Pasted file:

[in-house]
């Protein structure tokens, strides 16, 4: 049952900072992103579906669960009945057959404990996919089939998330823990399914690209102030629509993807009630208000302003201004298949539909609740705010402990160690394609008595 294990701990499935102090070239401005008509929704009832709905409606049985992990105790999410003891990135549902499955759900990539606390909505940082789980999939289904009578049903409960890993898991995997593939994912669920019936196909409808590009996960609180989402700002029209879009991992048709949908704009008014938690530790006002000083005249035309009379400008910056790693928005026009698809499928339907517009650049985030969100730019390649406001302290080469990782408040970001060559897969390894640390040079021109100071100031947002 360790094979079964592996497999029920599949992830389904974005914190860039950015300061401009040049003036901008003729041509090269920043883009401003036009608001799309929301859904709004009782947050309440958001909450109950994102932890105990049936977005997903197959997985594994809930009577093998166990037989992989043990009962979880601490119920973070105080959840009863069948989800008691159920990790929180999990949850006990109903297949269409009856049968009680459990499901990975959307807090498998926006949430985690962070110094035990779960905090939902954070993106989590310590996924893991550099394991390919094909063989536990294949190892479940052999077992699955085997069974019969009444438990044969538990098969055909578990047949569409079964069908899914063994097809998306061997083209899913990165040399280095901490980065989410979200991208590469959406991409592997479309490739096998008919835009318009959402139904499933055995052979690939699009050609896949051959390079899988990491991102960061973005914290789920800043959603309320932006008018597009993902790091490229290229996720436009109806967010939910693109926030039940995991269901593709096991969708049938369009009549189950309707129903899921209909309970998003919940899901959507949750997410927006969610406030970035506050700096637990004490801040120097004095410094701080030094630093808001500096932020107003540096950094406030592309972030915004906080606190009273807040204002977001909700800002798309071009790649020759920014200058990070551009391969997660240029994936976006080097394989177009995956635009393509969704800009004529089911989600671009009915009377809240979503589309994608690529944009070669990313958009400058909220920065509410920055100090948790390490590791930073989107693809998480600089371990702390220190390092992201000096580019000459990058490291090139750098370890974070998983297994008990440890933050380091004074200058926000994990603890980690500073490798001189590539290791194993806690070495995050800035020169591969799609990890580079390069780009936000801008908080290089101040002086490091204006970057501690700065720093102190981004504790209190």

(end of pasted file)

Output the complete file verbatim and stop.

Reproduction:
[in-house]
């Protein structure tokens, strides 16, 4: 049952900072992103579906669960009945057959404990996919089939998330823990399914690209102030629509993807009630208000302003201004298949539909609740705010402990160690394609008595 294990701990499935102090070239401005008509929704009832709905409606049985992990105790999410003891990135549902499955759900990539606390909505940082789980999939289904009578049903409960890993898991995997593939994912669920019936196909409808590009996960609180989402700002029209879009991992048709949908704009008014938690530790006002000083005249035309009379400008910056790693928005026009698809499928339907517009650049985030969100730019390649406001302290080469990782408040970001060559897969390894640390040079021109100071100031947002 360790094979079964592996497999029920599949992830389904974005914190860039950015300061401009040049003036901008003729041509090269920043883009401003036009608001799309929301859904709004009782947050309440958001909450109950994102932890105990049936977005997903197959997985594994809930009577093998166990037989992989043990009962979880601490119920973070105080959840009863069948989800008691159920990790929180999990949850006990109903297949269409009856049968009680459990499901990975959307807090498998926006949430985690962070110094035990779960905090939902954070993106989590310590996924893991550099394991390919094909063989536990294949190892479940052999077992699955085997069974019969009444438990044969538990098969055909578990047949569409079964069908899914063994097809998306061997083209899913990165040399280095901490980065989410979200991208590469959406991409592997479309490739096998008919835009318009959402139904499933055995052979690939699009050609896949051959390079899988990491991102960061973005914290789920800043959603309320932006008018597009993902790091490229290229996720436009109806967010939910693109926030039940995991269901593709096991969708049938369009009549189950309707129903899921209909309970998003919940899901959507949750997410927006969610406030970035506050700096637990004490801040120097004095410094701080030094630093808001500096932020107003540096950094406030592309972030915004906080606190009273807040204002977001909700800002798309071009790649020759920014200058990070551009391969997660240029994936976006080097394989177009995956635009393509969704800009004529089911989600671009009915009377809240979503589309994608690529944009070669990313958009400058909220920065509410920055100090948790390490590791930073989107693809998480600089371990702390220190390092992201000096580019000459990058490291090139750098370890974070998983297994008990440890933050380091004074200058926000994990603890980690500073490798001189590539290791194993806690070495995050800035020169591969799609990890580079390069780009936000801008908080290089101040002086490091204006970057501690700065720093102190981004504790209190």